That was when I took my first service trip to the island in August 2018. I visited the hospitals that I had shipped the medical supplies to, and was there for the opening of the shipment I sent. It even had my name on it. It was horrific to see the hospitals operating strictly out of their emergency room because the other parts of the hospital had to be closed due to a lack of electricity. We visited Hospital Ryder which had just opened one completely renovated floor of a five-story hospital. The remainder of the hospital was unusable as it still had floors without windows and the top floor had immense water damage because the roof had been taken off in the storm.
We also visited two of the schools we sponsored by providing funding to repair the buildings, replace computers, restock libraries, remodel a gymnasium, and purchase new sports equipment. On our visit to República de Costa Rica Vocational High School we saw interior and exterior building damage that was concerning. It amazed me, as a student, how other students could learn in that kind of environment. On this particular day, I witnessed students carrying chairs with them from one classroom to another because most of the school's chairs had been lost in the storm. When I returned home from my service trip, I had every intention on going back and I was able to do just that.
On January 17, 2019, I returned to Puerto Rico and the two schools and hospital I visited during my first trip, and was pleased to see a new clinic added to the medical facility. The second school, Agustin Stahl High School, had finished rebuilding their gym area that we had worked on during my last service trip and we were able to see the children playing around in the space. It was incredible to see the amazing before and after of this school and see how the work that we were able to do there really had a strong impact on the students of the school. A few days later, we traveled to the town of Jayuya (hi-you-yuh) where we saw the only Community Diagnostic and Treatment Center (CDT) within the city limits. These are the “hospitals” that serve the rural and mountain communities because in many areas the best and closest hospitals are an hour or more away. Because people rely on these places, there is a need for them to have reliable, constant electricity. This particular CDT was without electricity for 10 months and had frequent power outages afterwards. This resulted in with the CDT having to turn people away who needed their help. Brother’s Brother decided to put solar panels on the rooftop of the “hospital,” installing a power conversion system inside making it the first and, as of right now, only hospital on the island with solar panels. There was a huge ceremony at the CDT for us when we arrived, and a representative from the mayor of Jayuya presented Brother’s Brother and other key people with a proclamation to officially thank us for our efforts and for what we were able to do for the municipality.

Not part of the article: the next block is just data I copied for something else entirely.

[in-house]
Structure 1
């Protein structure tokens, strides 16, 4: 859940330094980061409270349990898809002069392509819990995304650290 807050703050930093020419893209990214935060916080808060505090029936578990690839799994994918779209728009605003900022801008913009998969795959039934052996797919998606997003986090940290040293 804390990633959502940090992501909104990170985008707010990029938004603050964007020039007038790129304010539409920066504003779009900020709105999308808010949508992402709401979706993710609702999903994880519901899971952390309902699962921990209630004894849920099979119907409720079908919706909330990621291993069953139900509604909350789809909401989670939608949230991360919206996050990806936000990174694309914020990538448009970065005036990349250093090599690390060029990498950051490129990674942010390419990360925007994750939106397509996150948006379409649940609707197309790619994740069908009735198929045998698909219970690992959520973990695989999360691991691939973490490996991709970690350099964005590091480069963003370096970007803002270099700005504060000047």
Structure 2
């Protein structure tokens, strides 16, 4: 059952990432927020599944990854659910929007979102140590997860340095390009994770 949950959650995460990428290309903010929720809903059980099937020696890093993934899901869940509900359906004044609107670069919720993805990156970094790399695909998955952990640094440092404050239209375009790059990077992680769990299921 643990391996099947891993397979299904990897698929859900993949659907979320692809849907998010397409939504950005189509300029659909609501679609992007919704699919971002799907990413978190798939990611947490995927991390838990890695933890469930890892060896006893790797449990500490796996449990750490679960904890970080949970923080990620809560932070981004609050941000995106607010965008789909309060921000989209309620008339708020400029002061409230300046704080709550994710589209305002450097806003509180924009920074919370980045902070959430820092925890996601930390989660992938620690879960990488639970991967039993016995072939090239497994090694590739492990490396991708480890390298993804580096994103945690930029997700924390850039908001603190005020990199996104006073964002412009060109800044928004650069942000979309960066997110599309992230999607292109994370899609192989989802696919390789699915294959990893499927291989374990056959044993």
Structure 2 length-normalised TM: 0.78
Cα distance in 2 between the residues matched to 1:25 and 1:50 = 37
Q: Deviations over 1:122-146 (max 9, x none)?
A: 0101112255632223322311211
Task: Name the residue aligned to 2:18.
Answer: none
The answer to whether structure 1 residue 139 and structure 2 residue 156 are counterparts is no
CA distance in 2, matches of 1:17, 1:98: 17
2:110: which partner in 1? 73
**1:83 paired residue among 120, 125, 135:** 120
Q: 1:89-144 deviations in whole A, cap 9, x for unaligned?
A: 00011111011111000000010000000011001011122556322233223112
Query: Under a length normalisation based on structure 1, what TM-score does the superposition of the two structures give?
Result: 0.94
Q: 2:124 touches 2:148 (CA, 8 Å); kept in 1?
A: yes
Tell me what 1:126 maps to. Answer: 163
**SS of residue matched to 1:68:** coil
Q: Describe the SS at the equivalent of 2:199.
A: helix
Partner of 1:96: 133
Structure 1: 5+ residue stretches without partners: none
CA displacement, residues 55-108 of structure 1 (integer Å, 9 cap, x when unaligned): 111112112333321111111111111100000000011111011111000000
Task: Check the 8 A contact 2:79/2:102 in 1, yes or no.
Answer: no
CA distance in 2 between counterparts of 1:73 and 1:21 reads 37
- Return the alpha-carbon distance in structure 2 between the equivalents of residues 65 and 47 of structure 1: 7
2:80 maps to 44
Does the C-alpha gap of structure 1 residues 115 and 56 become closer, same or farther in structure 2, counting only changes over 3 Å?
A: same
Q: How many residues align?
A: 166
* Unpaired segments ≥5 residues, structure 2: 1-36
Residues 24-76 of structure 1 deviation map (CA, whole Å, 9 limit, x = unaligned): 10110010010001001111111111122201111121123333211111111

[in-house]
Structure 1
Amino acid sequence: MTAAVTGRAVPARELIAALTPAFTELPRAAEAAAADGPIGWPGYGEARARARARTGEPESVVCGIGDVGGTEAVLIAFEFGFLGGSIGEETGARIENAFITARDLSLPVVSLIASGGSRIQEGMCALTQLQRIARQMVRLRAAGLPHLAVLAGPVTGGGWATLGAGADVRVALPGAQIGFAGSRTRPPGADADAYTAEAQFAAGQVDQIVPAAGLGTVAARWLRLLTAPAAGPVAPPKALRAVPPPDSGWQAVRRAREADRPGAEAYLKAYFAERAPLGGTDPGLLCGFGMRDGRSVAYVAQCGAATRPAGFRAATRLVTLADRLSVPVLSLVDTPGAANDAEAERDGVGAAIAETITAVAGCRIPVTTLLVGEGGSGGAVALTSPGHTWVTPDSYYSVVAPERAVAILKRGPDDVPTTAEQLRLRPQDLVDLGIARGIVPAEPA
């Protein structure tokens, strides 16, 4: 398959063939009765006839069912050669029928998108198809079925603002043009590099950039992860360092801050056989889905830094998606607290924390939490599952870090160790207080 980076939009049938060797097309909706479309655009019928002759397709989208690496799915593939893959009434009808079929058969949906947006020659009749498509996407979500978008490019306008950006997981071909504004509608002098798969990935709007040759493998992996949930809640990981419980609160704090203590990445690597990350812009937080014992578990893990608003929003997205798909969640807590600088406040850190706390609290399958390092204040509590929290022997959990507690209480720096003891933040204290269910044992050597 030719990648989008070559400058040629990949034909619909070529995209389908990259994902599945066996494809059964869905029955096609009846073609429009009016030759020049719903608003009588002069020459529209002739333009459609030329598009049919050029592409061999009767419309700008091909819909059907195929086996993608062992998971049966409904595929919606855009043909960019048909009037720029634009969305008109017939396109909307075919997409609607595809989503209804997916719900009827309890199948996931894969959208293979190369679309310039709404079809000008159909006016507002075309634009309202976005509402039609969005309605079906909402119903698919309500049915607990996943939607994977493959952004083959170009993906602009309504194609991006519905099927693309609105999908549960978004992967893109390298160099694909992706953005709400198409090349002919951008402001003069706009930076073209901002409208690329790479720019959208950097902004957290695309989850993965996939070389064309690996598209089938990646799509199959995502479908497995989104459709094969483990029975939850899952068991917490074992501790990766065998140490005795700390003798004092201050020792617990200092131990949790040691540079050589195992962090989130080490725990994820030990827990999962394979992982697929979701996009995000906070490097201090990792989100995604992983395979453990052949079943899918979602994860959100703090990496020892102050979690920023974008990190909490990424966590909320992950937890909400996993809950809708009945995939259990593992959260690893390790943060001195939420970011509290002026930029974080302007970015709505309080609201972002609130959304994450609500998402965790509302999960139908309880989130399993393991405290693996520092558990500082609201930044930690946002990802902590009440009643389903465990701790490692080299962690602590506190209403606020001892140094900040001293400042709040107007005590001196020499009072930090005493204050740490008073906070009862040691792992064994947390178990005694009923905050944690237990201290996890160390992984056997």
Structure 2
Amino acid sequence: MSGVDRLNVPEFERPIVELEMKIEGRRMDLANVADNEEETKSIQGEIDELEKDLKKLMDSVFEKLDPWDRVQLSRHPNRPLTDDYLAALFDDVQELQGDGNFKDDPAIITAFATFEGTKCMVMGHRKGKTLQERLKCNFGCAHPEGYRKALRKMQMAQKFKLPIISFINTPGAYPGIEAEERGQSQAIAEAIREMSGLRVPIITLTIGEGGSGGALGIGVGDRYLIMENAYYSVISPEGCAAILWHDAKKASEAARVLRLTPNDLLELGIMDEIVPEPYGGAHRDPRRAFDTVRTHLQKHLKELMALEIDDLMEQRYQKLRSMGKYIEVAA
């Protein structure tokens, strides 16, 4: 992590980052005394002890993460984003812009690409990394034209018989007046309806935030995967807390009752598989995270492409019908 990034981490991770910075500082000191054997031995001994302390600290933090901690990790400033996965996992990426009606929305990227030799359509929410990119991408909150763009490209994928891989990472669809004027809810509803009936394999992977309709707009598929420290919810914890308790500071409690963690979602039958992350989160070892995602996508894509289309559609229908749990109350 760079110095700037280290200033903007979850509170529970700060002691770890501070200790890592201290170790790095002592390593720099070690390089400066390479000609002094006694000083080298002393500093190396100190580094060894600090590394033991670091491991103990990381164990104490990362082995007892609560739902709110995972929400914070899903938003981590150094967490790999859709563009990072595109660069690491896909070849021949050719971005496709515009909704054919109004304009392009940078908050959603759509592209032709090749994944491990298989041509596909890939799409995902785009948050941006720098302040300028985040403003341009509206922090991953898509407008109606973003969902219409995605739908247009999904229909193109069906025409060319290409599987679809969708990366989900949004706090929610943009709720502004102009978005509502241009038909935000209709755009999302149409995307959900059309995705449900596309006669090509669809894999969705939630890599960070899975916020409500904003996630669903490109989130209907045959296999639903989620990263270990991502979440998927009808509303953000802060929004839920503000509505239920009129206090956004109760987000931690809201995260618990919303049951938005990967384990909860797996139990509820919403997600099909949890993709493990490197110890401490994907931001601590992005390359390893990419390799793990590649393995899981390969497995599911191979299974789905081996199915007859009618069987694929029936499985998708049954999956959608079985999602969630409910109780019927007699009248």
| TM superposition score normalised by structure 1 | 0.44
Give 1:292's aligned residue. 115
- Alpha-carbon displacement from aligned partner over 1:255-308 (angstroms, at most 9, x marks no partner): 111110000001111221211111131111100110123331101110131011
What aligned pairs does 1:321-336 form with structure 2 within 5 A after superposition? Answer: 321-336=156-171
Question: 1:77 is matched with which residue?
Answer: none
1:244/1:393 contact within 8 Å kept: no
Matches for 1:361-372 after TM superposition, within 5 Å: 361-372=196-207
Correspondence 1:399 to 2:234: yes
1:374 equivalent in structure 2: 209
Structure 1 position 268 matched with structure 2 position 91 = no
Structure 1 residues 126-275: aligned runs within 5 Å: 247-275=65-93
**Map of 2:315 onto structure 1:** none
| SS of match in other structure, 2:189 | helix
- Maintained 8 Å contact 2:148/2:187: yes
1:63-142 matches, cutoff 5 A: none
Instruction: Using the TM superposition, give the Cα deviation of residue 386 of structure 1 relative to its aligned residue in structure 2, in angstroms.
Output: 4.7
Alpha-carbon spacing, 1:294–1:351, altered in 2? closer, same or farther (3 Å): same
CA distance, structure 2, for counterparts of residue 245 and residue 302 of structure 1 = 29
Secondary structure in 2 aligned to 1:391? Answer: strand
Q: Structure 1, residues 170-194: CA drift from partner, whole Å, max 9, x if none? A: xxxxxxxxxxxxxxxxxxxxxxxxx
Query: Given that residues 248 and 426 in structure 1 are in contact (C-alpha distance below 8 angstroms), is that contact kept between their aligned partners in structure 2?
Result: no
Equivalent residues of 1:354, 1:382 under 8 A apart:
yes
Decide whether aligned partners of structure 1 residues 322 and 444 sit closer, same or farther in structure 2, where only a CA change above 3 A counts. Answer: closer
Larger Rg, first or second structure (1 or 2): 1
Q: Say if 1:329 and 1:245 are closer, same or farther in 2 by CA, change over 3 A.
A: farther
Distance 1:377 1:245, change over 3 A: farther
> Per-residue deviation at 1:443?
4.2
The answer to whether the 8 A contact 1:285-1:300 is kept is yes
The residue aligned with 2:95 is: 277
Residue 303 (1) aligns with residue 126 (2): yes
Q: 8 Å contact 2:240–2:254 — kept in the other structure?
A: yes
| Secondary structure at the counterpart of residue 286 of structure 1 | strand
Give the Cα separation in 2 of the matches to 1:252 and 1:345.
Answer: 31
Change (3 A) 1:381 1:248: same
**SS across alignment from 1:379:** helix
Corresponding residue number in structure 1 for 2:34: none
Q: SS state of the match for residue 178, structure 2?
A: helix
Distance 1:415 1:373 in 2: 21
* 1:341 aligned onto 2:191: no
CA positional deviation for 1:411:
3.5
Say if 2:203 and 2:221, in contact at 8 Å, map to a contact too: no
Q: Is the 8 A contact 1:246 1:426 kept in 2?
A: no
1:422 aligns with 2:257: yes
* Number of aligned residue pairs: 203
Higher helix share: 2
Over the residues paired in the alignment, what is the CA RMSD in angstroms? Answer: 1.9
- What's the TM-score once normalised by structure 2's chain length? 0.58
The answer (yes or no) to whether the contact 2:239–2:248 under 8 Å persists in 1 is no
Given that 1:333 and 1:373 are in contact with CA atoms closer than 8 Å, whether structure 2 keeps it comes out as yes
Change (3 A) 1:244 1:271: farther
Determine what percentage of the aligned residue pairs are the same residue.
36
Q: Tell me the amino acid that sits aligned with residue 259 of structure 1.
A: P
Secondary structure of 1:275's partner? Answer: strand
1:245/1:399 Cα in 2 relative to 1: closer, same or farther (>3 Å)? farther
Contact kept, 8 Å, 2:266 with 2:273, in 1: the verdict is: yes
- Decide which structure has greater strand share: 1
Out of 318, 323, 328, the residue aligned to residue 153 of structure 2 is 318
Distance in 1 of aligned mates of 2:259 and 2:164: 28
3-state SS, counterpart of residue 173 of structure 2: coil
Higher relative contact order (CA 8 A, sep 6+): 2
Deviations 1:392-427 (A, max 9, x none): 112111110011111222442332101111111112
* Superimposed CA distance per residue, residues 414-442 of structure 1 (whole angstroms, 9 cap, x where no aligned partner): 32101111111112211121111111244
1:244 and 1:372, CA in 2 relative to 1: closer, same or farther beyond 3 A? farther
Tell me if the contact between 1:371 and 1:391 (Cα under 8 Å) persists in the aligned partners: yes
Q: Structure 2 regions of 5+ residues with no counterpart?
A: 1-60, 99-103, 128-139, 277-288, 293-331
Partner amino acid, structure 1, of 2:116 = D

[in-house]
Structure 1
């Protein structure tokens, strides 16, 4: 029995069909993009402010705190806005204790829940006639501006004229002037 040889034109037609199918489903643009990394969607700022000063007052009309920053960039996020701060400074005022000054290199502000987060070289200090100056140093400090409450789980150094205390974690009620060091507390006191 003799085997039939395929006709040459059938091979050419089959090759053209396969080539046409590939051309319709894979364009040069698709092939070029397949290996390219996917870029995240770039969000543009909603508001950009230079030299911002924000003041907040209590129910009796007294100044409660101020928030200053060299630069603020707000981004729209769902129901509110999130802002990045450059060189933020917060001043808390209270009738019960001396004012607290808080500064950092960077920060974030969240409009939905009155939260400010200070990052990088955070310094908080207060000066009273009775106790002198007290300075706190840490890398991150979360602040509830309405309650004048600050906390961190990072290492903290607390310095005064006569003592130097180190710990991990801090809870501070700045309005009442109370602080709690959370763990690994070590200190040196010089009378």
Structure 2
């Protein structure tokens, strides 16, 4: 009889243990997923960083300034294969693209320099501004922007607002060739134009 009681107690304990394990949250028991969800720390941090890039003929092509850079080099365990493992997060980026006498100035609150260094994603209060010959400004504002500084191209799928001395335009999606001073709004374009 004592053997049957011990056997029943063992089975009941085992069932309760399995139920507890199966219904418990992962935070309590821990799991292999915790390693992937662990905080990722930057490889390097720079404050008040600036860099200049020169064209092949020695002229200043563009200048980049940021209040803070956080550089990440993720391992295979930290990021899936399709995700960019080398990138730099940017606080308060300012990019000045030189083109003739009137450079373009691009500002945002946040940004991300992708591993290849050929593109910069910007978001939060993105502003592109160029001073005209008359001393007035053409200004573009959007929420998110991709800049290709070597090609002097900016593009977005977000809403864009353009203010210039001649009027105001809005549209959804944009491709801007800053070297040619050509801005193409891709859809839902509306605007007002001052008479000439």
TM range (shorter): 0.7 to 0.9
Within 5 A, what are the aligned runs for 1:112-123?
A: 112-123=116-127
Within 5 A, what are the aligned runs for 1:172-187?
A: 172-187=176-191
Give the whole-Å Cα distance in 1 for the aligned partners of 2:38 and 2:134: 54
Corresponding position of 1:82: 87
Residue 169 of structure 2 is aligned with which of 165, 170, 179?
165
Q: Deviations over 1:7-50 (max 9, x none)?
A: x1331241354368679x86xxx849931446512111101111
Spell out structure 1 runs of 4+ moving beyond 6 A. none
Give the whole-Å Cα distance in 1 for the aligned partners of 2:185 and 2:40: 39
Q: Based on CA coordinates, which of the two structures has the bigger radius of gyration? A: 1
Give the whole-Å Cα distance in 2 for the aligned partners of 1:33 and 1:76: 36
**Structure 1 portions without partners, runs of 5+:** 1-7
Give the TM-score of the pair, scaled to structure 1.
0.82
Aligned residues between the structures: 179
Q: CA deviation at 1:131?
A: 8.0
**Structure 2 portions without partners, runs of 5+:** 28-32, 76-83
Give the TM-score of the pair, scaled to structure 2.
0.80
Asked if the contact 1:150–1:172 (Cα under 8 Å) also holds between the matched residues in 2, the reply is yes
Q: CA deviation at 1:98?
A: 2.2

It was an honor to be apart of these trips back to Puerto Rico and I can’t wait for my third service trip to continue to see the beautiful island come back to life.